With co-CEOs, Oracle sets challenging course

Fri Sep 19, 2014 3:04pm EDT
 
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By Sarah McBride

SAN FRANCISCO (Reuters) - By promoting its two presidents to serve as co-chief executives instead of founder and CEO Larry Ellison, database-and-software behemoth Oracle (ORCL.N: Quote) is setting itself a course that has confounded other big companies.

The move seemingly marries the product oversight of Mark Hurd, former chief executive of Hewlett Packard, with the legal and financial expertise of Safra Catz, a 15-year Oracle veteran.

With Ellison remaining executive chairman and in a position to call the final shots, the company may be able to avoid some of the challenges that have mired other co-CEOs, who often end up in an unhappy "two’s-a-crowd" situation, analysts say.

At Martha Stewart Living Omnimedia, for example, Wenda Harris Millard was supposed to oversee media, while co-CEO Robin Marino held responsibility for marketing. That lasted just 10 months, with Millard quitting in early 2009 after frequent clashes with Marino and company founder Stewart.

At Citigroup, a co-CEO arrangement between John Reed and Sandy Weill, two strong personalities who publicly jousted, fell apart when Reed left in 2000.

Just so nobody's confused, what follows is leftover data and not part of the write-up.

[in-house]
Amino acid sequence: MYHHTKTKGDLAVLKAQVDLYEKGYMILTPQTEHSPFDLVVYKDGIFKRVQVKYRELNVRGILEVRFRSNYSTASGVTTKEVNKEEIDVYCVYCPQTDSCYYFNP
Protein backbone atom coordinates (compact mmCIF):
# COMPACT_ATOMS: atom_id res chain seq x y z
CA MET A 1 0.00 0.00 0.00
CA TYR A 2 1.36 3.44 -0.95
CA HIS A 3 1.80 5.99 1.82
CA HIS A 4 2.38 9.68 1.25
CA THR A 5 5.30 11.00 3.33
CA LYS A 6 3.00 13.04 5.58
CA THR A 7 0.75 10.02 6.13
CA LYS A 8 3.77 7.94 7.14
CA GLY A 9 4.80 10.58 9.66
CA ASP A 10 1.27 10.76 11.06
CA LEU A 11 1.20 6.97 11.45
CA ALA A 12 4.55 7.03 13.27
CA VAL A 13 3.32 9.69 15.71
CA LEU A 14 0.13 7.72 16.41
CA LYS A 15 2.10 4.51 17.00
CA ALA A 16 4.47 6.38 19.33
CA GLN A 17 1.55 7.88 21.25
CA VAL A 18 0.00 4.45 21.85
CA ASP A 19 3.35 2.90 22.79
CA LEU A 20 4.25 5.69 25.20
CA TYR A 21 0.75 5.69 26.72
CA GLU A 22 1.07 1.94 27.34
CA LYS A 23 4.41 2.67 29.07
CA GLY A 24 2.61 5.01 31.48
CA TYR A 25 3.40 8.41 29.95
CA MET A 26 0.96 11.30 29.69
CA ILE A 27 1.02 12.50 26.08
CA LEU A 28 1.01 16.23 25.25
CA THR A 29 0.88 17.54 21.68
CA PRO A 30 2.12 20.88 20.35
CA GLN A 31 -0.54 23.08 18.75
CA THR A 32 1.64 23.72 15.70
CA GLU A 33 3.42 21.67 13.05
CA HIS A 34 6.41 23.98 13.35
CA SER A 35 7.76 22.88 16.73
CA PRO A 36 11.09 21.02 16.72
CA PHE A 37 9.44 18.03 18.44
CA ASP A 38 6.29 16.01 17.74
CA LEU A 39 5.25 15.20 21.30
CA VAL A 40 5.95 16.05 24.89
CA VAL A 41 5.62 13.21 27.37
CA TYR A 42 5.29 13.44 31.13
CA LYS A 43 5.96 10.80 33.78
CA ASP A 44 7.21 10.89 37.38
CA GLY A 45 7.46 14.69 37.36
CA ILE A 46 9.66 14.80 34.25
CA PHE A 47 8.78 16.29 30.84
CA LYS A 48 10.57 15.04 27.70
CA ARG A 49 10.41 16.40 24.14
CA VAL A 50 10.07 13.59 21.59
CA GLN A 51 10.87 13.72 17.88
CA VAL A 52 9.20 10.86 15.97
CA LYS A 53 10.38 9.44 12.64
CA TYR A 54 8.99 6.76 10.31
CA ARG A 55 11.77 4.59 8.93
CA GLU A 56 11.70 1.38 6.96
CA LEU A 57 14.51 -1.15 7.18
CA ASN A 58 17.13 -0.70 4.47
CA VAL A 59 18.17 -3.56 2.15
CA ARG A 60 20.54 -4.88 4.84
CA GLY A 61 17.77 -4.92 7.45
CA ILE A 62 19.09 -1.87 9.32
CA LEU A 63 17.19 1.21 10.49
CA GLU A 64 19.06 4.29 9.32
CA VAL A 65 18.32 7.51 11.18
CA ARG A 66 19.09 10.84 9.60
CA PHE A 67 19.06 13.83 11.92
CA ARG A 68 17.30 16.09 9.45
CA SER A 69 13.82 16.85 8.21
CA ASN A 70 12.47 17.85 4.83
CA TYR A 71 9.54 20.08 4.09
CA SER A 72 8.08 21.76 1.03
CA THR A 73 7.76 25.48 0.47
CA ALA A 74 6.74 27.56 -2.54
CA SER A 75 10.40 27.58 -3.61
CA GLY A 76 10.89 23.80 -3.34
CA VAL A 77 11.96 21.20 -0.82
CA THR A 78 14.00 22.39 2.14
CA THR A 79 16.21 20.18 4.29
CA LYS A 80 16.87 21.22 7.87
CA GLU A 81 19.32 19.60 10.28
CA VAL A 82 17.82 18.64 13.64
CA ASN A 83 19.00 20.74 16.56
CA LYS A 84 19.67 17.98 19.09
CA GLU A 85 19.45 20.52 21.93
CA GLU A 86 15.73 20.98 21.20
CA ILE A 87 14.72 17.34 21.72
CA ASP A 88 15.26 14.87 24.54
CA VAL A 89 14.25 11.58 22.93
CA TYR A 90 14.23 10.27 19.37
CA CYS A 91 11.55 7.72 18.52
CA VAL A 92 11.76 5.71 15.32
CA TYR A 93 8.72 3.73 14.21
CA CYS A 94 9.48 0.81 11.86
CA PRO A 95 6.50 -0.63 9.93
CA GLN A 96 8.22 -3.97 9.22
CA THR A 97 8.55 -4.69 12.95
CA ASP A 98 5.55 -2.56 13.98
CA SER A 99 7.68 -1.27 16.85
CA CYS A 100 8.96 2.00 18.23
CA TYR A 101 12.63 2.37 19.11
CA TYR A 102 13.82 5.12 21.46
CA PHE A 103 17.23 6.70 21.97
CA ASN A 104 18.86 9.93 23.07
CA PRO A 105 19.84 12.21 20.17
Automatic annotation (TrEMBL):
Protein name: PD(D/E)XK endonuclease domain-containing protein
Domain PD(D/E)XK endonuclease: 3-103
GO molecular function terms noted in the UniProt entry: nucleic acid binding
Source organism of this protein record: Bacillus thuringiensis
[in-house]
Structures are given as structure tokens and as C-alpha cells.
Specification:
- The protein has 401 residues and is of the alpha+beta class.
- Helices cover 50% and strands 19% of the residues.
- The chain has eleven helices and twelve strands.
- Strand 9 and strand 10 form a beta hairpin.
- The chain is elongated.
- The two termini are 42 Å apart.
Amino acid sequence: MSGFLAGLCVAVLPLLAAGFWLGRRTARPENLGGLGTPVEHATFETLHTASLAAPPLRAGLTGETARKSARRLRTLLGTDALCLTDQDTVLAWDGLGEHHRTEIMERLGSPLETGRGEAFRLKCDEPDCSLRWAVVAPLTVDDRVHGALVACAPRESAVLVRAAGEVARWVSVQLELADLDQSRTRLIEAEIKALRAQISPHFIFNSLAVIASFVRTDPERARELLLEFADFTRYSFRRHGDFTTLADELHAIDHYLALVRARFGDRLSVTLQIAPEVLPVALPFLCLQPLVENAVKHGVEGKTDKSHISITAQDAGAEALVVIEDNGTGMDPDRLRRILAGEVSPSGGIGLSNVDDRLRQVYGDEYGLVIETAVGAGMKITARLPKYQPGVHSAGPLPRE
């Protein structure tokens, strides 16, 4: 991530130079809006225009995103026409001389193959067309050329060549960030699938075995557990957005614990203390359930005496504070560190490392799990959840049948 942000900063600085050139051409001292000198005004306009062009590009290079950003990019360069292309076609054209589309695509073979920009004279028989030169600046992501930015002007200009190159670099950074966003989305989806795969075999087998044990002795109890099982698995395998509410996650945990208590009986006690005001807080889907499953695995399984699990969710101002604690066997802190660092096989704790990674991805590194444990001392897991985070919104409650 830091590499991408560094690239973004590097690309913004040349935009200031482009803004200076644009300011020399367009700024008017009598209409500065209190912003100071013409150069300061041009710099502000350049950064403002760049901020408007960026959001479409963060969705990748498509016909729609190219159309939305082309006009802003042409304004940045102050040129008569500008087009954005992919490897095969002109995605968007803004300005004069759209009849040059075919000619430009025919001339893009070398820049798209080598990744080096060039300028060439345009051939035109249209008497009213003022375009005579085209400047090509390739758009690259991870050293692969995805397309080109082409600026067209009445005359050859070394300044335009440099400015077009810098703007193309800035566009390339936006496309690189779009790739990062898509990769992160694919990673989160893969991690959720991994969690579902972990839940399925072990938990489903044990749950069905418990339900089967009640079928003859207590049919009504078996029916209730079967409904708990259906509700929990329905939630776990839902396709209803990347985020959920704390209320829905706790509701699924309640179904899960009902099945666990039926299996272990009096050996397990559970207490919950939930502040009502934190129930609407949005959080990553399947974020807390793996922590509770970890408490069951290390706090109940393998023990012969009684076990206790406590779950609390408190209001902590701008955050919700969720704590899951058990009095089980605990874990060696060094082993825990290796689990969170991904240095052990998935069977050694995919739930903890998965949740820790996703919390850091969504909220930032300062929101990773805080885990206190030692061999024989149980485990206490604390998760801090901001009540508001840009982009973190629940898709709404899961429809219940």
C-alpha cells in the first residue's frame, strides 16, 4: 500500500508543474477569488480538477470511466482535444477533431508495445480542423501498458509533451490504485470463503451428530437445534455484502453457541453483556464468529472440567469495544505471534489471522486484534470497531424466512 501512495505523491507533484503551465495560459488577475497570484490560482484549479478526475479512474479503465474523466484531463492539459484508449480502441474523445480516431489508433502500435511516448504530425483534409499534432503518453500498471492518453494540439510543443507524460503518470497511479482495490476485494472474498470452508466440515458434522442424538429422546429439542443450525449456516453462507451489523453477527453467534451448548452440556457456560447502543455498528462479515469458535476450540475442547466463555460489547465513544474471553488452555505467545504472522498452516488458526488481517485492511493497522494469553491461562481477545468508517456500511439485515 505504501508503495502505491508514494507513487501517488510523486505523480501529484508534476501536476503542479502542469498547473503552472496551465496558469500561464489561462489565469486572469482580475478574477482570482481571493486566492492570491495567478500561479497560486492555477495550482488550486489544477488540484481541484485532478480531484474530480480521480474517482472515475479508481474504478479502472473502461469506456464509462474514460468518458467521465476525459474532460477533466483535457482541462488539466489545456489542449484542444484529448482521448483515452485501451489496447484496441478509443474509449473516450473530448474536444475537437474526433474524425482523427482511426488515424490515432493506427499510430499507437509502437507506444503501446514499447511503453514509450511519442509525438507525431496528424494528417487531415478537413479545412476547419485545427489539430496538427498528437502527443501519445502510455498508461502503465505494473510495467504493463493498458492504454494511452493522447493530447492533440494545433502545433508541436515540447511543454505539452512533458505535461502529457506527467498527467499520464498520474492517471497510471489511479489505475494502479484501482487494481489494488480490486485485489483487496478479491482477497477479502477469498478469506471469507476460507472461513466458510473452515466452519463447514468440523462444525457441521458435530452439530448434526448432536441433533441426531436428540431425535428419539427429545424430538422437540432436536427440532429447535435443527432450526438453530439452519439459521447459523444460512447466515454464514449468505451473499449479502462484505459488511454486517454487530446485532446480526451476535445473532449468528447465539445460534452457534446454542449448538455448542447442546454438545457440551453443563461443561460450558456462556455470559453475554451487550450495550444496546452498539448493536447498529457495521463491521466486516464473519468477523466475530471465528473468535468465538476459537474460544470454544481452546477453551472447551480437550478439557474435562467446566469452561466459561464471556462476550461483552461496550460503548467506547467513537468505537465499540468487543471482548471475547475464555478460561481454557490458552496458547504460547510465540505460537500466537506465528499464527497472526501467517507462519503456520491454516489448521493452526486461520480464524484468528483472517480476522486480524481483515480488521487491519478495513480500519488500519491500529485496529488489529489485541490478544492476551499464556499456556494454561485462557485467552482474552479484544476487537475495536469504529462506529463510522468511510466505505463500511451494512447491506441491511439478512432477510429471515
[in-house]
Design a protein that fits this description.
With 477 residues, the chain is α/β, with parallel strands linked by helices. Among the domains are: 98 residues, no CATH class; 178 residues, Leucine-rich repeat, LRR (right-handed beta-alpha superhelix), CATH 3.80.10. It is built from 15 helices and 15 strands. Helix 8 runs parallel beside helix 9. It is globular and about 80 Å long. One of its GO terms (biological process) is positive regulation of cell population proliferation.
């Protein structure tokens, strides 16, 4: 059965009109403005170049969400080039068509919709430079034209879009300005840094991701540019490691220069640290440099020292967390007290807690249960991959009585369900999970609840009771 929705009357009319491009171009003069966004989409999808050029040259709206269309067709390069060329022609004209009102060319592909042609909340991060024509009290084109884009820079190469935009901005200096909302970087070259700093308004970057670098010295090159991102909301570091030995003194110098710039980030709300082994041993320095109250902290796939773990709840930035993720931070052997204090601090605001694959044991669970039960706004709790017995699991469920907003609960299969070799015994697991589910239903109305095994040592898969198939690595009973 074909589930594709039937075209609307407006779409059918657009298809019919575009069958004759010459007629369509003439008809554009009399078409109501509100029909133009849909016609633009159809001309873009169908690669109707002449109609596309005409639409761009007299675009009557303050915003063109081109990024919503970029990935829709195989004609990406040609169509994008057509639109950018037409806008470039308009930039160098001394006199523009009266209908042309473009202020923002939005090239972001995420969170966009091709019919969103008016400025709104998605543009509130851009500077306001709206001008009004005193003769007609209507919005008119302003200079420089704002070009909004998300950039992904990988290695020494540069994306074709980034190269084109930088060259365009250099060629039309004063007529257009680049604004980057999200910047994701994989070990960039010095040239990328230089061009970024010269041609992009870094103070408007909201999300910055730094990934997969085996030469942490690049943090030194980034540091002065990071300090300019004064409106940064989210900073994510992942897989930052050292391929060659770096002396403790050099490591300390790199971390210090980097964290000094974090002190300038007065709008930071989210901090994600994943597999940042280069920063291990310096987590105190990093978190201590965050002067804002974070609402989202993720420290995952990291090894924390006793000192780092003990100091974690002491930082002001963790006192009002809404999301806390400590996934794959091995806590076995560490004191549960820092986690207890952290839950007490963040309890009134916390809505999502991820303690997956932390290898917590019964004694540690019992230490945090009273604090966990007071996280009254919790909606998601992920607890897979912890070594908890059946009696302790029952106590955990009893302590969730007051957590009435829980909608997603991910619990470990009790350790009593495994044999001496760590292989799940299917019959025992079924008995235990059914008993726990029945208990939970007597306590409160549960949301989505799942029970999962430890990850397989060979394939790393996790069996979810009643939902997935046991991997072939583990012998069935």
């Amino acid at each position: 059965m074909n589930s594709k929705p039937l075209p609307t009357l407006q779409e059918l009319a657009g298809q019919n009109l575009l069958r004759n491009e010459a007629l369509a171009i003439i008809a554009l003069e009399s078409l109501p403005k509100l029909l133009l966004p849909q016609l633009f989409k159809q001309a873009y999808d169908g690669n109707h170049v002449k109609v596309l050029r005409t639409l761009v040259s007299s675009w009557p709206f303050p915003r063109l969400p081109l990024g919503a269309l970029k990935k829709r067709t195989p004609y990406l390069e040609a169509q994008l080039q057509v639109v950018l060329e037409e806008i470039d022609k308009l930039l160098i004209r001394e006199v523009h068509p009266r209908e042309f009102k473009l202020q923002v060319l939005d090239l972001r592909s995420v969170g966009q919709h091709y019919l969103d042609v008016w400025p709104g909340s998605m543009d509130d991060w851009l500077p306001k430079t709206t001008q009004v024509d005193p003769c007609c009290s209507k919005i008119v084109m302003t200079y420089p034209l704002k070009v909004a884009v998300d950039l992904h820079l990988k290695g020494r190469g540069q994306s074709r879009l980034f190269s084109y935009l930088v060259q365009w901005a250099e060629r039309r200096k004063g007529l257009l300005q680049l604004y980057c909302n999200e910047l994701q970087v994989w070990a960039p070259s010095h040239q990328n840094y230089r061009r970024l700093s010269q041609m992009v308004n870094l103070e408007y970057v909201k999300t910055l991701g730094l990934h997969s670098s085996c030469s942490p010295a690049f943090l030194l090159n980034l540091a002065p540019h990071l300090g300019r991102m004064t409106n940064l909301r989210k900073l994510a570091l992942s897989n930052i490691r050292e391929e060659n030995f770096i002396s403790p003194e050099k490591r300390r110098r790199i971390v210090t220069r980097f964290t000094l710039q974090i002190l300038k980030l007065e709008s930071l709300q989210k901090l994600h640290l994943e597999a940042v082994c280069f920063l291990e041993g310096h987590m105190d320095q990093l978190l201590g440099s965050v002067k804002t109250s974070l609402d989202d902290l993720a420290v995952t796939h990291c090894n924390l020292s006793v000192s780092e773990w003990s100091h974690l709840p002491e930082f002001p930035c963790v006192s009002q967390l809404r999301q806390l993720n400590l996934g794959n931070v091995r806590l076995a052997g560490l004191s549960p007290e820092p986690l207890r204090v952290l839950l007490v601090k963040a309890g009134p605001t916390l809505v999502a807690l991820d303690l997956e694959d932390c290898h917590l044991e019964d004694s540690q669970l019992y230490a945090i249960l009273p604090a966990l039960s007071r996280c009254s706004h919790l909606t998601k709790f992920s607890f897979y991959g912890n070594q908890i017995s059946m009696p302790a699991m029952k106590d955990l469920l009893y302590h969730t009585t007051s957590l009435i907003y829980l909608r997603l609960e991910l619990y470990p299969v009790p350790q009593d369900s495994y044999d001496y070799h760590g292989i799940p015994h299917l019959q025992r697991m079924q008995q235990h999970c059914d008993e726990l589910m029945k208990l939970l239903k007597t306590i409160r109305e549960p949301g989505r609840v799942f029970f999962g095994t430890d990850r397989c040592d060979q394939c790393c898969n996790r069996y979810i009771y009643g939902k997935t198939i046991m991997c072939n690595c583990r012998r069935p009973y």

"Co-CEO structures are typically not ideal," said Bill Kreher, an analyst at Edward Jones, who says most companies need the decisiveness that a single strong-willed leader offers.

But at Oracle, because the duo has already worked together for years, "we don't see the day-to-day changing," Kreher said.

Catz, trained in finance and law, was a Wall Street banker from 1986 until she joined Oracle in 1999 and has been a central figure in Oracle's many acquisitions. Sales-oriented Hurd spent 25 years at computer and ATM pioneer NCR Corp before joining Hewlett-Packard, where he was CEO from 2005 until 2010.   Continued...

 
Oracle Corp Chief Executive Larry Ellison introduces the Oracle Database In-Memory during a launch event at the company's headquarters in Redwood Shores, California June 10, 2014.  REUTERS/Noah Berger